You cannot ignore the present — it’s where your sales are
My sales perspective flies in the face of traditional selling. And it’s not just a disruption; it’s the new way of sales. What’s your perspective?
Here are seven realities to get your thinking started:
First reality: Traditional selling is aggressive: telling, pitching, manipulating and closing. This old-world approach to sales is over and has been for more than a decade.
Second reality: The first sale that’s made is the salesperson. If the prospective customer does not buy you, they're not buying anything.
Third reality: The customer is as smart or smarter than you are. The Internet has provided them with competitive savvy and social media has provides proof.
Fourth reality: Your customers and prospects are busy with their stuff and may have little or no time to be bothered by you and your stuff. It's so much more powerful when they find you in time of need.
Fifth reality: Customers and prospects want intellectual engagement about how they win, not a sales pitch. They do not care about your urgency to make quota. They only care about their urgency to make profit.
Sixth reality: The prospective customer must perceive value in your sales offering, trust you as a person and as a company, perceive that they win as a result of purchase, and be able to visualize outcome after purchase (maybe with the help of your video testimonials).
Seventh reality: You better have a social presence and a social reputation that proves your worth to others and provides peace of mind to the prospect.
Look at this list carefully and see if what you do, the actions you take, or any of the strategies about how you sell are contained here. If they are, you will consistently lose to the “new way.”
- Cold calling. If selling has a dark side, it’s the cold call, a total interruption of others (the prospect) and predominantly a waste of salespeople's time. Higher than 90 percent rejection rate and the major cause of sales failure.
- Hunting-and-farming salespeople. This is basically a sales specialist making a sale and then running away, leaving behind the service department, or inside sales, or the delivery guy, and the customer to feel deserted. Hunting and farming is the worst case for relationship building ever created.
- Find the pain. Perhaps the rudest of all sales processes, it’s “probing” to make prospects feel uncomfortable. This is an old-world tactic, where the salesperson miraculously proposes a solution to an issue the prospect has. The solution is not the issue. The issue is that finding the pain is the focal point of the sale. No value, no engagement, no connection — simply manipulation. The only thing more idiotic (and more rude) than “finding the pain” is cold calling.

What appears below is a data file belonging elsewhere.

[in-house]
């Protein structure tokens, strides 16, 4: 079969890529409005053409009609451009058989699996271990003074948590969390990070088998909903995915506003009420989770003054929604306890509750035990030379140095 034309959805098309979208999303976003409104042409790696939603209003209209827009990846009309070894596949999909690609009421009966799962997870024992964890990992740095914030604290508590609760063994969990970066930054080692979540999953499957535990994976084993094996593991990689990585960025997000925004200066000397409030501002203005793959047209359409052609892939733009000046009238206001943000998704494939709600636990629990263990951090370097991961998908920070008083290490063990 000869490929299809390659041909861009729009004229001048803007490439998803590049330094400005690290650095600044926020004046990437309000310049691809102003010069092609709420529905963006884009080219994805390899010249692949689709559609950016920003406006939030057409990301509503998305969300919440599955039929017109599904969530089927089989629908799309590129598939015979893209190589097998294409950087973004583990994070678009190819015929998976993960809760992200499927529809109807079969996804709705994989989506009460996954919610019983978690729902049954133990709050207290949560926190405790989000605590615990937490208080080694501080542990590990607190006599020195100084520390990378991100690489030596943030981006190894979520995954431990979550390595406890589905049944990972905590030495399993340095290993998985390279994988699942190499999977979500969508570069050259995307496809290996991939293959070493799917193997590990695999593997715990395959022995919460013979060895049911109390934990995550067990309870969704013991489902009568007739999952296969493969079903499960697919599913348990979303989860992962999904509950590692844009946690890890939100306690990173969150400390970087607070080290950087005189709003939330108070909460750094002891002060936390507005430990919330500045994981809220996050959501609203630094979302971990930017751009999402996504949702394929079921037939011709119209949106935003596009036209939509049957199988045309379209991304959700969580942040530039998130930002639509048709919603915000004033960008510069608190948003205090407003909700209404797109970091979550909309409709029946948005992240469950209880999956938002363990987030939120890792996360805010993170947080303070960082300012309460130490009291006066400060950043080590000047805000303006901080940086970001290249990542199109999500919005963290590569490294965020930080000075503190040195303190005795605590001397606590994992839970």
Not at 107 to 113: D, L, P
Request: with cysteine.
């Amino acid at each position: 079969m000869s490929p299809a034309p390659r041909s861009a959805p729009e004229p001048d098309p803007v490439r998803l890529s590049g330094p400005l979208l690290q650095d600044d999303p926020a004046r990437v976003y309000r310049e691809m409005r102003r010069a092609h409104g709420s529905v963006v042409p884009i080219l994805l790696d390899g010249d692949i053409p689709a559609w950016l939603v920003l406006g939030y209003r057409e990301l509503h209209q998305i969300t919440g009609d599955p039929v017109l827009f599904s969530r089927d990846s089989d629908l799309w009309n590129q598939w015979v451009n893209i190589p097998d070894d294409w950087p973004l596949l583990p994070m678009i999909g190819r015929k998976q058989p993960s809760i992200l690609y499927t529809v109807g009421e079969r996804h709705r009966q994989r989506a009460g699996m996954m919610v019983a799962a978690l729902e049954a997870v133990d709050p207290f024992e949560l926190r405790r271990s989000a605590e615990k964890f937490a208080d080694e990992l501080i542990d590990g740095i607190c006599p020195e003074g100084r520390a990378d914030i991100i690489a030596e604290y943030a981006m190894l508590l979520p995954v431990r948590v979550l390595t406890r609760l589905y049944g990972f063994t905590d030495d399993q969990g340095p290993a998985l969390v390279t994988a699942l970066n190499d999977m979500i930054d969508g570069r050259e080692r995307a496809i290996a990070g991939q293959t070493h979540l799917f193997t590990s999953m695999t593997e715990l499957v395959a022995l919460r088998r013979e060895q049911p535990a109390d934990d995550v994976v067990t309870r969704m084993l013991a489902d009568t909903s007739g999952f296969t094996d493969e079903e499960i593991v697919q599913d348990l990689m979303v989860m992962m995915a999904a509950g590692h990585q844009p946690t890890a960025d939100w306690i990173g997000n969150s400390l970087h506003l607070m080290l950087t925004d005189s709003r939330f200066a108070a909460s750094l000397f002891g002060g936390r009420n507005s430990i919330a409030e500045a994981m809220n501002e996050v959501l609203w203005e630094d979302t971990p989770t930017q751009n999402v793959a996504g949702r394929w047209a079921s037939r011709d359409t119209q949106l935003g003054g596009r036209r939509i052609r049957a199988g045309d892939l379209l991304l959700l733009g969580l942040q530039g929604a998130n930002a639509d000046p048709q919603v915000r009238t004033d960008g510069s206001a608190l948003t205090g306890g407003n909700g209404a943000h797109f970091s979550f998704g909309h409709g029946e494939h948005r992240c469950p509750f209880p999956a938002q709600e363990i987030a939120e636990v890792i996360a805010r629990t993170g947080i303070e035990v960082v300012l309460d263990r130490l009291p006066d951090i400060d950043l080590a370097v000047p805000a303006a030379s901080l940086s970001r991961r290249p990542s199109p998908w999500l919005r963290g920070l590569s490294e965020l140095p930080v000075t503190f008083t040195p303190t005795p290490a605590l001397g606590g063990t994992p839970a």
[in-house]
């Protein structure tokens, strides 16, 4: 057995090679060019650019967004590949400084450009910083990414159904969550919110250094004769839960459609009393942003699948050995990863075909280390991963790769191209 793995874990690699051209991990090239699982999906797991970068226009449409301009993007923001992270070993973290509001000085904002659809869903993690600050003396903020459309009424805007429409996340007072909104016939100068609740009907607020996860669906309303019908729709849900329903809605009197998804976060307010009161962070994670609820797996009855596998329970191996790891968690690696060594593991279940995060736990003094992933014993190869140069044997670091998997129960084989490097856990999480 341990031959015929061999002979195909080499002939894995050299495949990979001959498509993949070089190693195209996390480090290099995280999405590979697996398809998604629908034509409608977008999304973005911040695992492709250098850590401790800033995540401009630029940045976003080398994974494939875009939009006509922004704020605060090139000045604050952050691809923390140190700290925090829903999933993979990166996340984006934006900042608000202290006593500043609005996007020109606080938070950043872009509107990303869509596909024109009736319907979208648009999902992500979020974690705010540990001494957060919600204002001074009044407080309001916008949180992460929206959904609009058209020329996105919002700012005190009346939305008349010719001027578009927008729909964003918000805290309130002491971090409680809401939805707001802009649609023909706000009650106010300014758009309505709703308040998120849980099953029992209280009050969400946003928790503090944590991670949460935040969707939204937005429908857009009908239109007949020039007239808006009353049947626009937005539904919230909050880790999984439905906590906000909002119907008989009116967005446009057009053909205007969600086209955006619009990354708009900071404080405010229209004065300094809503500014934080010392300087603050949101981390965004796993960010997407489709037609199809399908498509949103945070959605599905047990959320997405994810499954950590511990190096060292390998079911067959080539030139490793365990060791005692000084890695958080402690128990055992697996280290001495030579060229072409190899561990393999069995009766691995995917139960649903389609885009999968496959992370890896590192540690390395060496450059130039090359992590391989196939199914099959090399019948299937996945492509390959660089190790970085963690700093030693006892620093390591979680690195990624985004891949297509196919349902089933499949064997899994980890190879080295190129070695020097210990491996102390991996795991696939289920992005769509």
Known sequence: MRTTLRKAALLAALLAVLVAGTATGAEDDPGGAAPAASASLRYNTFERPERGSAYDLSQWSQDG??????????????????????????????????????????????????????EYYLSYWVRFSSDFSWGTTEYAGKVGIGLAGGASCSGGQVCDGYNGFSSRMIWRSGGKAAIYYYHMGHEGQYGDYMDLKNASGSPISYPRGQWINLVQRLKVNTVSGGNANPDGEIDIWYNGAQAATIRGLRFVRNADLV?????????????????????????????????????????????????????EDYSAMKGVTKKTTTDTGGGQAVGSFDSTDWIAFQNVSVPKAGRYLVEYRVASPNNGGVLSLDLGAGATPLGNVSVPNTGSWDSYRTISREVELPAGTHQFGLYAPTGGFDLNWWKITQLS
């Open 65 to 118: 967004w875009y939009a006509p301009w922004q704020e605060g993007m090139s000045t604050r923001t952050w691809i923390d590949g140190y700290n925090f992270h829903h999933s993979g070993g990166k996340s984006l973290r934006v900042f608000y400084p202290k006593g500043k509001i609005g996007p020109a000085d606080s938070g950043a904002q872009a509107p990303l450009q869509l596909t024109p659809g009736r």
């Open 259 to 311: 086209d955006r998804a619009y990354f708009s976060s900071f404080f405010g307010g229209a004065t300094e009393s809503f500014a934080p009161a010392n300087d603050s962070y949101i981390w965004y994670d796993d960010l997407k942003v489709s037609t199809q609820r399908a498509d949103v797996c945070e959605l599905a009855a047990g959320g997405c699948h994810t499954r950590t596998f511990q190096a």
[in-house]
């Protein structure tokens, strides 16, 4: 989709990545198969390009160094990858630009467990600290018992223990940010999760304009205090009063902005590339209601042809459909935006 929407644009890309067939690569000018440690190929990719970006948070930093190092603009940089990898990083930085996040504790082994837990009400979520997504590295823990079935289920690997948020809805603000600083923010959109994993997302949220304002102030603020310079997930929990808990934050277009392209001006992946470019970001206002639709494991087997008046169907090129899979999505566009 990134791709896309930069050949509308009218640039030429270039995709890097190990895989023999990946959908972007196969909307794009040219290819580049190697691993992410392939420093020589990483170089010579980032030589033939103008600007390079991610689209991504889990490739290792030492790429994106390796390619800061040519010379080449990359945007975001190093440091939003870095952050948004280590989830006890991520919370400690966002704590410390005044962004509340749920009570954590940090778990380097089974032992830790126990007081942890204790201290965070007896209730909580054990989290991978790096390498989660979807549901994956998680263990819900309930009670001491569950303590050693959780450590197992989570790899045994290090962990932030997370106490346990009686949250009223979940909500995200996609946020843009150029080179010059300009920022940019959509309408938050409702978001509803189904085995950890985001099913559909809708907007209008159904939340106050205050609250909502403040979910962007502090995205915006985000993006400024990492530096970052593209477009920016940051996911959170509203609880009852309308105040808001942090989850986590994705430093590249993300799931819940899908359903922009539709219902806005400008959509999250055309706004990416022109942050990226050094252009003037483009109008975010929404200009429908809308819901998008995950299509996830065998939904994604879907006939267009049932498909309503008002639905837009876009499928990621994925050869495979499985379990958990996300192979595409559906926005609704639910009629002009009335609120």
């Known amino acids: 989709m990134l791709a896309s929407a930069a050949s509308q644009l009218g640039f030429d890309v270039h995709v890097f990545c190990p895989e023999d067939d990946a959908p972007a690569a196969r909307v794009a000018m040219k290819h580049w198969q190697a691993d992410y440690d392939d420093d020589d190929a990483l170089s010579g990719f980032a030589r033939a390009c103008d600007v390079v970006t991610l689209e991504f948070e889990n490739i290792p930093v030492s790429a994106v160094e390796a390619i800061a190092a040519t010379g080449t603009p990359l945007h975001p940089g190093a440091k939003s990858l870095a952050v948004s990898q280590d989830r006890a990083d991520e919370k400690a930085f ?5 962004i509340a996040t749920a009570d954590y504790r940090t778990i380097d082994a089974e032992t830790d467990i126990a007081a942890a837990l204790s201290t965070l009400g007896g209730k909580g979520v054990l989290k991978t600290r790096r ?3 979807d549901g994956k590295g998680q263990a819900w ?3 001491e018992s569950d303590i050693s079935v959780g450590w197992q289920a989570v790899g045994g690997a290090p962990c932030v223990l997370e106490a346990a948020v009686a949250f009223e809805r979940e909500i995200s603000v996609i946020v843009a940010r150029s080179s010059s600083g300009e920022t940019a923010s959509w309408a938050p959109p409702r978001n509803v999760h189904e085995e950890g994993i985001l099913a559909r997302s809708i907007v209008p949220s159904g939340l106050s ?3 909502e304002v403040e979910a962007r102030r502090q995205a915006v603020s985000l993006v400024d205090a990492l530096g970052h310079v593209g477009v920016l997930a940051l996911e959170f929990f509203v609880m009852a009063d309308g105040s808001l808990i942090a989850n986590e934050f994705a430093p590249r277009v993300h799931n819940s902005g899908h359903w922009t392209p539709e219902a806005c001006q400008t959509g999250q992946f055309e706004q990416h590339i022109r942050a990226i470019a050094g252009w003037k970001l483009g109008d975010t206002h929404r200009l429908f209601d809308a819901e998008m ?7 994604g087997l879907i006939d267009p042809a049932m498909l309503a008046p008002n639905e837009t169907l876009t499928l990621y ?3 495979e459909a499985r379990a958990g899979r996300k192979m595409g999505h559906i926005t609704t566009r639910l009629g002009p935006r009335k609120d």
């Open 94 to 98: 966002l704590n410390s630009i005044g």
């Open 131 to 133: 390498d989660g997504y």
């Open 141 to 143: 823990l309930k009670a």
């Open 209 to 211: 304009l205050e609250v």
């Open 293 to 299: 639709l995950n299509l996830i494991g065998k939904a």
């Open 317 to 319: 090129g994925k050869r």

- Pitch the product. Telling your prospective customer stuff about your product that they could've found online in three seconds, or that you could've emailed them in advance of your meeting. Customers do not care what you're selling unless you're showing them how they win as a result of purchase, such as how they will produce more and how they will profit more. Start there.
- Overcome objections. “Your price is too high.” Really? You’re still dealing with that? Where's the value? Where's the testimonial? Where’s the relationship? Where’s the trust? Where's the social proof?
- Close the sale. Manipulative closing is a thing of the past. The sale is made emotionally, not manipulatively.
- Proposals and bidding. This part of selling will never go away, but it can be significantly reduced with loyal relationships and proven quality.
- Insincere follow-up. Call looking for money.
- Customer satisfaction. J.D. Power and Associates gives “customer satisfaction” awards to airlines. Do I need to say anything more about how ridiculous customer satisfaction is?
- Ask for (beg for) referrals. If you ask for a referral once and the customer does not give you one, and you call again reminding the customer that they promised to give you a referral and the customer still does not give you one, they will never take your call again. Instead of asking for referrals, why don’t you give one?
- Low or no social media presence. Failure to understand the fact that social media is a combination of attraction, proof that you are who you say you are, and a sales tool.
- Low or no social media awareness. Inability or refusal of salespeople to participate gives your competition an ability to use it and dominate.
- Low or no relationship. The quality of the relationship allows you to make multiple sales, earn more profit, earn referrals and gain their testimonial proof.
If you’re lacking in these four areas, it’s your relationship report card and loss of sales or profit, or both.
Me? I prefer to be assertive. Assertive salespeople ask. Aggressive salespeople tell. Assertive salespeople go for the customer. Aggressive salespeople go for the sale.
Which one are you? It's the difference between the old way and the new way.
The “new way” is next week — stay tuned!
Jeffrey Gitomer is the author of 12 books. His “21.5 Unbreakable Laws of Selling” is available as a book and an online course at gitomerVT.com. For public event dates and information about training and seminars, visit gitomer.com or email Jeffrey at firstname.lastname@example.org.